Permanent Record: Mr. Largo

Moaning Lisa9

“Alright, class, from the top: one and two and three and. . .” – Mr. Largo

American primary schools are filled with godawful bands.  While a few students might genuinely like playing music and even have some skill, most of the members are kids that have no particular aptitude for music, aren’t overly fond of their instruments, and/or are only in the band because their parents made them join.  In this context, “band” is just another class or after school activity, something most of the kids will go through the motions for, if only to keep the adults off their backs.  At the head of this artistically doomed enterprise is the music teacher, someone who has, for whatever reason, ended up teaching on the lowest rung of musical education. 

Mr. Largo perfectly exemplifies every bad stereotype there is about school music teachers.  He’s an authoritarian, he long ago lost whatever passion he had for music or his work, and, as Lisa would reveal in Season 2, his most profound lesson to probably his best student was that “even the noblest concerto can be drained of its beauty and soul”.  We can see all of these traits in Largo’s brief two scenes in “Moaning Lisa”. 

In the first, at band practice, he not only lashes out at Lisa for not playing along dully like the rest of the students, but evinces not a whit of empathy for her or the hardscrabble Americans she invokes as her justification for straying from the sheet music.  All he cares about is making those kids play “My Country Tis of Thee”, and if their rendition is off key, off rhythm and only barely recognizable as the song they’re trying to play, well, he doesn’t care about that. 

In his second appearance, just after Marge has given Lisa her terrible advice about smiling no matter what, he point blank tells Lisa that he doesn’t want any more “creativity” from her.  For Largo, music isn’t about being creative, it’s about muddling through with strict adherence to the original, however inadequate or terrible sounding. 

As a character, and despite his inclusion in the opening credits, Largo never developed into a standby the way many other Season 1 creations did.  He didn’t become Lisa’s foil the way Krabappel and Skinner were Bart’s, and except for background shots he rarely appeared outside of the school.  But as with so many other characters, Largo didn’t need a great deal of backstory or his own star turn in an episode to make him seem like a real person.  He was a music teacher who, by temperament, talent and good, old fashioned apathy, was cut out to be little else.  He didn’t really like his job or his students, and that made him a perfect fit in Springfield and at Springfield Elementary.

12 Responses to “Permanent Record: Mr. Largo”

  1. 12 February 2013 at 11:20 am

    Even his name, Largo, is the musical direction given for slow and often plodding playing style. Subtle and fitting.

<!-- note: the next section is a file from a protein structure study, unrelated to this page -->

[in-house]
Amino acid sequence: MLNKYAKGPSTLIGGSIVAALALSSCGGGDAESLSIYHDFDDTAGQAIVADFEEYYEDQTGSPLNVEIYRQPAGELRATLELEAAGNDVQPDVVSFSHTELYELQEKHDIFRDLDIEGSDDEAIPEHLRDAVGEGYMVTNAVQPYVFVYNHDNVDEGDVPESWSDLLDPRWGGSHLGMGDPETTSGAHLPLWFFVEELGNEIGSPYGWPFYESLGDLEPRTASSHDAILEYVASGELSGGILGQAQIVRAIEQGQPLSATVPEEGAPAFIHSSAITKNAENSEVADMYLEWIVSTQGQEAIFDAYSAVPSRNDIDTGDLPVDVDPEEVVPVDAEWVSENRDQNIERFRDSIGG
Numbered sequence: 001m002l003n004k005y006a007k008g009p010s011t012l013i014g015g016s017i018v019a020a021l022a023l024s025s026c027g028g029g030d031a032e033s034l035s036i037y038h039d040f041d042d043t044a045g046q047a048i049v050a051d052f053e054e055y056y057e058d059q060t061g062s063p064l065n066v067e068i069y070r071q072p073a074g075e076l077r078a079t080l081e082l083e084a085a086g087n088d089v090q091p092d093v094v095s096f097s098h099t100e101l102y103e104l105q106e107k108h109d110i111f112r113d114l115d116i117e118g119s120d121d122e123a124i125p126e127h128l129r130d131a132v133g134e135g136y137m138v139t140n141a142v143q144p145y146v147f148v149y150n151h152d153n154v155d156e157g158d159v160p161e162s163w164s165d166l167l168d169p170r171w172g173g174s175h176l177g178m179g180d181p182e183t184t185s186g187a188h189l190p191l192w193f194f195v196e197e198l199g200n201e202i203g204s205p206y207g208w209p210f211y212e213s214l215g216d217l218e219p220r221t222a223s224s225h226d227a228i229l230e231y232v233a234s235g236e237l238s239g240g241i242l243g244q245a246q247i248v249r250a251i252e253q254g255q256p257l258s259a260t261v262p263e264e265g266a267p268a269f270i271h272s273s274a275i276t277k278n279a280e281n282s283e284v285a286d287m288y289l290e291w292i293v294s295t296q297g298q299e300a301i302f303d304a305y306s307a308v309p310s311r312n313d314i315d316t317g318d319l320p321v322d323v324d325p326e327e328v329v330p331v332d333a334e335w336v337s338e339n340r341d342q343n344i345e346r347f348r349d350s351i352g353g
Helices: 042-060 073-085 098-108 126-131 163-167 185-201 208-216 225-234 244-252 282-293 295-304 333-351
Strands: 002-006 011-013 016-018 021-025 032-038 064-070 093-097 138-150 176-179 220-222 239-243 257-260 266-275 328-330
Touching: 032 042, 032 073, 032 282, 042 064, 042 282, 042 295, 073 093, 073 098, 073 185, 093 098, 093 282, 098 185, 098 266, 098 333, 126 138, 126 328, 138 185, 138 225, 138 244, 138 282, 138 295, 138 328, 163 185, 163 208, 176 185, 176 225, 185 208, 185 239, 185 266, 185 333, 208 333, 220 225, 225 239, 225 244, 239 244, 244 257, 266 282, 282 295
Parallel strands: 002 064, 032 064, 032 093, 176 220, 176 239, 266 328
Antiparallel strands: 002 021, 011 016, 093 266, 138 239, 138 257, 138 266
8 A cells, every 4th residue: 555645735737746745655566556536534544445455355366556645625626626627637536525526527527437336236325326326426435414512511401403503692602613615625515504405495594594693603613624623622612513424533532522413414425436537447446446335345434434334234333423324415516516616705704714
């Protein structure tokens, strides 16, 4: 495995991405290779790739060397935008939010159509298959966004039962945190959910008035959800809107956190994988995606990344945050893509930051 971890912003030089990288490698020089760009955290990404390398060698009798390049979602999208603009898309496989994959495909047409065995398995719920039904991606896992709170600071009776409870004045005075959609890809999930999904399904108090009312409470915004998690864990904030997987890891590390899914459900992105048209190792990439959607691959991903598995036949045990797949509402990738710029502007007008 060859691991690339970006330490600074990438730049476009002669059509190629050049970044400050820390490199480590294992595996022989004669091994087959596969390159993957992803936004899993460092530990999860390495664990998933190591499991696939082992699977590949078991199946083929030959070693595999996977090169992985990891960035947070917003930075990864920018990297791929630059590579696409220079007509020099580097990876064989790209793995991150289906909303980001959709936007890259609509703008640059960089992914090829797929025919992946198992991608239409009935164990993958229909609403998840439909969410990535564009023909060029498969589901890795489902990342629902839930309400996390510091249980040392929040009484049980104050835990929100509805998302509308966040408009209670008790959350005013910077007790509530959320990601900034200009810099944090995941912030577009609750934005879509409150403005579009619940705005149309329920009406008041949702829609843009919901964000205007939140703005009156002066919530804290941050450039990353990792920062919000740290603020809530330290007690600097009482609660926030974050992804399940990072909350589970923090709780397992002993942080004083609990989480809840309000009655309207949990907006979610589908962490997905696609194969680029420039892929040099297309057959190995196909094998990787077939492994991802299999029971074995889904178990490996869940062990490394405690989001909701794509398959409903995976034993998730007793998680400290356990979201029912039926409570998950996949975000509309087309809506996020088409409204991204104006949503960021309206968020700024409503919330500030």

Fast forward 20 years to characters like Crazy Cat Lady…

  2. 6 Anonymous
    12 February 2013 at 1:32 pm

    Speaking of “every bad stereotype”, it’s really disheartening to see Mr. Largo used like Smithers now, just another series of gay stereotypes that the show used to be above. And where did this come from, what evidence of his sexuality do we have from the first, say, 15 seasons?

    • 12 February 2013 at 7:06 pm

      I guess they figured somewhere along the line “Hey, his voice sounds kind of femmy. Let’s make him gay! That way we can have ANOTHER character to dump all of our gay jokes onto.”

      • 8 Stan
        12 February 2013 at 8:36 pm

        Actually he and Sideshow Mel kinda took on the “maybe queer” satire after Smithers came out of the closet by Season 13 or so.
        What they did basically was taking characters who looked weird because of the cartoonish direction the show has taken ever since, and make them act weird too. Oh I just wish I could up and unsee everything they have turned into.

  3. 12 February 2013 at 5:36 pm

    You can foresee Mr Largo and the Springfield Elementary “band” playing at the graduation ceremonies of departing students, just to justify his pay check. Perhaps he should have died a natural death like Dr Marvin Monroe?

  4. 11 Sumguy
    12 February 2013 at 10:49 pm

    I blame his underuse on Lisa’s “growth.” Early-season Lisa was a kid who might grow up to create new genres of music, but was too malformed in development and in too bad of a situation to ever have a hope of that. Mr. Largo foils that perfectly, but in comparison to Zombie Lisa, a supra-genius cause-of-the-week woman-in-a-girl’s-body, he just has nothing to say.

  5. 12 abra cadaver
    13 February 2013 at 1:00 pm

    Excellent analysis. “he long ago lost whatever passion he had for music or his work” sums up the guy perfectly, as well as my high school band teacher, who watched AMADEUS 50 times a year and only liked the Beatles and refused to accept any music that strayed from convention as ‘music’…

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